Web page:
October 7, 1940.
On Petition to Review the Decision of the United States Board of Tax Appeals.
Petition by Richard J. Reynolds to review a decision of the Board of Tax Appeals redetermining a deficiency in the tax imposed by the Commissioner of Internal Revenue.
Reversed and remanded for further proceedings.
J. Gilmer Korner, Jr., of Washington, D.C., and H.G. Hudson, of Winston-Salem, N.C. (Stratton Coyner, of Winston-Salem, N.C., on the brief), for petitioner.
Joseph M. Jones, Sp. Asst. to Atty. Gen. (Samuel O. Clark, Jr., Asst. Atty. Gen., and Sewall Key, Sp. Asst. to Atty. Gen., on the brief), for respondent.
Before SOPER and DOBIE, Circuit Judges, and CHESNUT, District Judge.
On April 4, 1934, the taxpayer, Richard J. Reynolds, received certain securities from a trustee in accordance with the terms of the will of R.J. Reynolds, his father, who died on July 19, 1918. Later in 1934 the taxpayer sold some of the securities at a profit; and the question is whether, in ascertaining the cost basis under the taxing statute of that year, the securities were acquired when he received them from the trustee, or when his father died and the will became effective. The Commissioner of Internal Revenue asserted that the acquisition took place upon the father's death and determined a deficiency of $33,878.61. From the approval of this determination by the Board of Tax Appeals, the taxpayer appealed.
The will directs that the residue of the estate shall be divided by the executor between the wife of the testator and his children living at his death and the living issue of any deceased child, per stirpes; i.e., one-third to the wife and two-thirds to the children and the issue of any deceased child, to be equally divided among them, share and share alike, but subject, as to the two-thirds of the residue left to the children, to the following trust: The children's shares are devised and bequeathed to the Safe Deposit and Trust Company of Baltimore as trustee, to collect therefrom for their equal benefit all the income until they severally arrive at the age of 21 years, meanwhile making necessary payments out of the income to the widow for the support and education of each of the children. The trustee is further directed to pay to each child between the ages of 21 and 28 certain monies out of his or her share of the income, and to accumulate the balance of the income for his or her benefit "until he or she shall respectively attain the age of 28 years when each of them shall become entitled to and shall respectively receive from said trustee his or her share of the corpus of my estate, together with the accumulated income aforesaid".
The will also provides that if any of the children should die before he arrives at the age of 28 years, then his share of the estate shall be further held in trust for the benefit of his devisees by will until he would have arrived at the age of 28 years if he had lived, when the trust shall cease and the estate shall become payable to his devisees; and if any of the children should die before arriving at the age of 28 years, without having made a will but leaving issue, then his share shall be held in trust for the benefit of his children until he would have reached the age of 28 years had he survived, when the trust shall cease and the estate shall become vested in his children; and if any of the testator's children should die without a will and without issue living at the termination of the trust, then his share shall be held in like trusts for the surviving children.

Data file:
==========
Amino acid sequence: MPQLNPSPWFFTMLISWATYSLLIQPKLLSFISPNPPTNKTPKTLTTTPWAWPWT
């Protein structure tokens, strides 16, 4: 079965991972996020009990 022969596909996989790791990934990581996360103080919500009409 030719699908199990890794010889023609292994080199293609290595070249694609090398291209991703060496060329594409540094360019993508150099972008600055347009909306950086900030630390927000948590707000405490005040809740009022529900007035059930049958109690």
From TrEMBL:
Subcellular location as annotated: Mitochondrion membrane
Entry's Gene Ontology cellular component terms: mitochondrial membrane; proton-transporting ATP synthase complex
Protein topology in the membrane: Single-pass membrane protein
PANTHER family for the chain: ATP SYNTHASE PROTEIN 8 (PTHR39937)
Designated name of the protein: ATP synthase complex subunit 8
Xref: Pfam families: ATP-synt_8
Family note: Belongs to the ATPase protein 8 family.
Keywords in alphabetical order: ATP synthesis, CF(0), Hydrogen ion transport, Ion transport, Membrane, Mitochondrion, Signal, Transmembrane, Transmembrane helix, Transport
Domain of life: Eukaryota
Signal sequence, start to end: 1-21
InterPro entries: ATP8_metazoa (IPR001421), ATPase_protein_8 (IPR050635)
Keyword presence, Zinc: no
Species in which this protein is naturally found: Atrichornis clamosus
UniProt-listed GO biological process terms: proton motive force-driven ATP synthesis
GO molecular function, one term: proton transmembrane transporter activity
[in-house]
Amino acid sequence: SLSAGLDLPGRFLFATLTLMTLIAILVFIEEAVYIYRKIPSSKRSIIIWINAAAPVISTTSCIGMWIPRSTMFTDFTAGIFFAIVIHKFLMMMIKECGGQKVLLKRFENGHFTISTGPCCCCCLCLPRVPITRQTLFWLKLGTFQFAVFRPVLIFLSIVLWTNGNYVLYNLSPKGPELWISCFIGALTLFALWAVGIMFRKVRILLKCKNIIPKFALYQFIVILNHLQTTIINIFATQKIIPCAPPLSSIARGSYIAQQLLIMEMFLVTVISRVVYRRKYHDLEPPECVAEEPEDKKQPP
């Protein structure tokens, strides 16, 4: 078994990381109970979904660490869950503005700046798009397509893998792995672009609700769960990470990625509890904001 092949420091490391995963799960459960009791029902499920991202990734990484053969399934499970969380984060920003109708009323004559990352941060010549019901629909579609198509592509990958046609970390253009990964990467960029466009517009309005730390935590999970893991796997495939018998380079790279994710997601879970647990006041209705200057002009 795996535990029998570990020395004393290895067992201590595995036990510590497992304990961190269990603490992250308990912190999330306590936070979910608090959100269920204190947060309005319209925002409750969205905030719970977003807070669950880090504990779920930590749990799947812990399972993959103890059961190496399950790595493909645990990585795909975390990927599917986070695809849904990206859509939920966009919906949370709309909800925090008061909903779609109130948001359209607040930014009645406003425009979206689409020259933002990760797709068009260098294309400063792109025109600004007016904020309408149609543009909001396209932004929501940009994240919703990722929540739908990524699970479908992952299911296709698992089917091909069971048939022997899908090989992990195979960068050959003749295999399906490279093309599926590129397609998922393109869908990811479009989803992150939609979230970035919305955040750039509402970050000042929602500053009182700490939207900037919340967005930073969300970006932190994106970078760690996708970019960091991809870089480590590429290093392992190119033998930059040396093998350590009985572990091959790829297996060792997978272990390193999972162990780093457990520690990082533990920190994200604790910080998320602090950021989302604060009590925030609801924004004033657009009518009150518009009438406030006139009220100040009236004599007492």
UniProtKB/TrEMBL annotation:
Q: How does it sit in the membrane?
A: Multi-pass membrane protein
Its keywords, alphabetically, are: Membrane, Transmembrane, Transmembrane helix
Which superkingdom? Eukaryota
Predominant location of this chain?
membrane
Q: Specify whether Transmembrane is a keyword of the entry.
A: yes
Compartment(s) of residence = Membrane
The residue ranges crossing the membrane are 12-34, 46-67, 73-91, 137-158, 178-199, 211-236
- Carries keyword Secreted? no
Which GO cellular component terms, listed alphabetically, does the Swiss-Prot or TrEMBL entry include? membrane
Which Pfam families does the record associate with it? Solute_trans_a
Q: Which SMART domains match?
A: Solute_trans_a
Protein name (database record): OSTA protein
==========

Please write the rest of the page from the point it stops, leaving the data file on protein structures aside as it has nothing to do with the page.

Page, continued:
In effect, two-thirds of the residue of the estate is devised and bequeathed to a trustee to divide it into as many shares as there were surviving children, the trustee to collect the income from each share and pay over a portion thereof to the child or for his benefit, and to accumulate the rest of the income until the child should reach the age of 28 years and then to pay over to the child the accumulation and the share of the corpus; but if he should die before the age of 28 years, then his share should be paid to his devisees, or if no will, to his surviving children, and if no will or children, then to the surviving children of the testator. Thus the corpus of two-thirds of the residue of the estate was devised in trust to an indefinite class of persons, but no member of the class was to take a part of the corpus unless he should reach the age of 28 years.
The trustee received the trust properties from the executor of the estate in 1926; and on April 4, 1934, when the taxpayer became 28 years of age, distributed to him his share, including the securities sold by him in the taxable year. Some of these securities had been received by the trustee from the decedent's estate and others had been acquired by the trustee in intermediate transactions under the terms of the will. The Commissioner, in computing the taxpayer's gain upon the sale of the securities, used as the basis the value of the securities at the time of the testator's death as to those then held by him, and the cost of the securities to the trustee as to those which it acquired thereafter. The position of the taxpayer before the Board of Tax Appeals and before this court is that since he did not become entitled to the property until April 4, 1934, he did not acquire any of it prior to that date within the meaning of the statute.
The Revenue Act of 1934, Ch. 277, 48 Stat. 680, 26 U.S.C.A. Int.Rev. Code, § 113, provides:
"§ 113. Adjusted basis for determining gain or loss —
"(a) Basis (unadjusted) of property. The basis of property shall be the cost of such property; except that —
* * *